Last month, a Russian communist businessman unveiled a monument of Joseph Stalin on the 75th anniversary of Nazi defeat in WWII. The statue, erected in the town of Bor, was deemed illegal by local authorities. Yet, construction went ahead, with the finished product a three-metre-tall statue of the Soviet Union’s former premier, clad in military coat and cap.
It was received with applause from locals and Communist Party supporters.
In a video taken on the day, the Soviet national anthem can be heard playing.
It came amid global debate over the existence of memorials of historical figures who have since been disgraced for their actions.
Stalin played a pivotal role in the Soviet Union’s power grab over vast swathes of Eastern Europe and Central Asia.
He became a young revolutionary in the early 20th century, going on to take part in the 1917 Bolshevik revolution, overthrowing Tsar Nicholas Nicholas II.
After Vladimir Lenin’s death in 1924, Stalin was promoted through the ranks of the party, adopting a policy of demagoguery in the form of a national socialism – “Socialism in One Country” he named it.
He went on to rapidly industrialise the Soviet Union and land grab countless countries.
In all, Stalin is attributed to having ordered the killing of an estimated six to nine million people across the Soviet Union.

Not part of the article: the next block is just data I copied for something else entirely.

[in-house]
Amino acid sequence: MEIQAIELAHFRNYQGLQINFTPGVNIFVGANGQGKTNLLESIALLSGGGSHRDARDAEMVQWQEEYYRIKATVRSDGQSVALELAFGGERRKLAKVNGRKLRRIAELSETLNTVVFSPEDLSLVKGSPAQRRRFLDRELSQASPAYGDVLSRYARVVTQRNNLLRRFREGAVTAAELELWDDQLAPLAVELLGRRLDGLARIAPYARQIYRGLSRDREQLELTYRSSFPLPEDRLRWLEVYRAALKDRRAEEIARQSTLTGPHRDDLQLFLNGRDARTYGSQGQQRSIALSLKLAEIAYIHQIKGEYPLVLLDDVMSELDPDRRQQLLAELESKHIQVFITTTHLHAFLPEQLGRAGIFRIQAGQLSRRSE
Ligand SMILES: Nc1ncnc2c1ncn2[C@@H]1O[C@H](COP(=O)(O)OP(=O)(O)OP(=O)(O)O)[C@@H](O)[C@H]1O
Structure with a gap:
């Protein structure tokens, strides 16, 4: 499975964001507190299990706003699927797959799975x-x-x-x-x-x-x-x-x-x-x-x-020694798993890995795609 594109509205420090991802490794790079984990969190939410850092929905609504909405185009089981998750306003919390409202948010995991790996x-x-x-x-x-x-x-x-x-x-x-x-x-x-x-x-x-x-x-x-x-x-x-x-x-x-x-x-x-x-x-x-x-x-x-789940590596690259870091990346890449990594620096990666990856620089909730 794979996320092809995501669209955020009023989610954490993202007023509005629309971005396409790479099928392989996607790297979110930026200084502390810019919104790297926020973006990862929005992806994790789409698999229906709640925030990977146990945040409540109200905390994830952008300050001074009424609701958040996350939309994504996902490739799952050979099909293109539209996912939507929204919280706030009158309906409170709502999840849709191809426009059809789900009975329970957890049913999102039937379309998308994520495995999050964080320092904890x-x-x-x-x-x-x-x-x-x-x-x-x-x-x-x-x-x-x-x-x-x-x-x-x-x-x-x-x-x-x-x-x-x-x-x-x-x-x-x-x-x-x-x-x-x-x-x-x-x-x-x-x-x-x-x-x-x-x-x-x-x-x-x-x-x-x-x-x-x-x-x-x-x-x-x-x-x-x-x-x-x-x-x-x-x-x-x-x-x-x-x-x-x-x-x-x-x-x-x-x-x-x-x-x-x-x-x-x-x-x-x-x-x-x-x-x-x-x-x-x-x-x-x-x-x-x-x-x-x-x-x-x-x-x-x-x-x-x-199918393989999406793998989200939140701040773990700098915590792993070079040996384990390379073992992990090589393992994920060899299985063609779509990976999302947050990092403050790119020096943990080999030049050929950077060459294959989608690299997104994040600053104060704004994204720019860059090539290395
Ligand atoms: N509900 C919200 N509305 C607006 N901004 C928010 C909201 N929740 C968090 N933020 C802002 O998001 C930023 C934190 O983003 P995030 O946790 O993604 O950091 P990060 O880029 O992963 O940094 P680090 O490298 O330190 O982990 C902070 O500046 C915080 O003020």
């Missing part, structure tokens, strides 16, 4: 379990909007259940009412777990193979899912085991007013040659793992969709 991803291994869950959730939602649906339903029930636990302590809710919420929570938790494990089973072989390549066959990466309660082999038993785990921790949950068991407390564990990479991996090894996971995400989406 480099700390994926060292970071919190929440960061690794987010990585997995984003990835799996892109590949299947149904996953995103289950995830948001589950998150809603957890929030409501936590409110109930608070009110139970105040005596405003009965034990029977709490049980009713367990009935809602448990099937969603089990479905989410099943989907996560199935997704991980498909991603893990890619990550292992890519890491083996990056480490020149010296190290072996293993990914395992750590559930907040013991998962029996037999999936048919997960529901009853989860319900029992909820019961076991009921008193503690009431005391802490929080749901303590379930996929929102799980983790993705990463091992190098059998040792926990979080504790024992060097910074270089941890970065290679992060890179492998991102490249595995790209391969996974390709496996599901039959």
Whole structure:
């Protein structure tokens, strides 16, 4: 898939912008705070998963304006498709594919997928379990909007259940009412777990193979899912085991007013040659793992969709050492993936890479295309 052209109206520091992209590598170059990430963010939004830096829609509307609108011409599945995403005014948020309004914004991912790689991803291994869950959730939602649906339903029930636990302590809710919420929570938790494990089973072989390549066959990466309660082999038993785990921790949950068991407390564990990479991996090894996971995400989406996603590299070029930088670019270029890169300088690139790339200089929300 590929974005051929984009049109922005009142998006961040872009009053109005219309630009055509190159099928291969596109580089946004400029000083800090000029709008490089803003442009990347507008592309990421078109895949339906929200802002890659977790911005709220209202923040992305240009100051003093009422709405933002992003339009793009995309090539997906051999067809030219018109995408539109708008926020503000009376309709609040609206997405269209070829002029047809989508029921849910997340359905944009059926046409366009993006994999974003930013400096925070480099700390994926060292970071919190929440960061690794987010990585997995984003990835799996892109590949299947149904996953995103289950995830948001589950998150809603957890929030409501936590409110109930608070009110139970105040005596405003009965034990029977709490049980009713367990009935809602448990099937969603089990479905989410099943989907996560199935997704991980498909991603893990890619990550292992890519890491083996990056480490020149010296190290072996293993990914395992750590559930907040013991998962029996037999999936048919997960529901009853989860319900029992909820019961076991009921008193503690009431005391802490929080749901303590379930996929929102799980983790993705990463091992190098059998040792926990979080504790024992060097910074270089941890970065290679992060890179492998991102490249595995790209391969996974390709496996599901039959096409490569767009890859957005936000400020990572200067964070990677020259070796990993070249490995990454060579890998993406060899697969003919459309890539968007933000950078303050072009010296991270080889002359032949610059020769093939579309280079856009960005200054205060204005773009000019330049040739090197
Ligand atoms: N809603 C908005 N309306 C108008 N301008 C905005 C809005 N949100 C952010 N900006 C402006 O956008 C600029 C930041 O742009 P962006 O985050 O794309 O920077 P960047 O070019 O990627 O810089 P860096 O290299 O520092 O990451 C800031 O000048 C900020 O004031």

In 2018, Stalin’s death mask was sold at auction for £13,500.
The mask did not have any of Stalin’s facial scarring engraved into it.
It did, however, show his trademark moustache and came with casts of both of his hands.
The mask, taken from a plaster cast before Stalin’s body was embalmed and believed to be one of 12 made following Stalin’s death, was bought by a telephone bidder on behalf of an overseas client.
It was brought into the auction house after a local found it in the attic of his grandfather, who has served in the Merchant Navy.
Auction house valuer Dan Ponder, speaking this week after the sale, said: “It was a bit of a shock when the owner handed it to me and asked me if it was something we could sell.
“He explained how he had found it among his grandfather’s possessions after he died.
“His grandfather was in the Merchant Navy, and he assumed he acquired it on his travels.
“It was difficult to give a saleroom valuation, but an identical mask and hands were sold in 2012 for £3,600, so we decided to offer it with an estimate of £1,500-2,000.
“No one was expecting it to reach £13,500, least of all the person selling it. He was delighted.”
The hands accompanying the mask show Stalin’s withered left hand, which was injured when he was hit by a horse when he was 12 years old.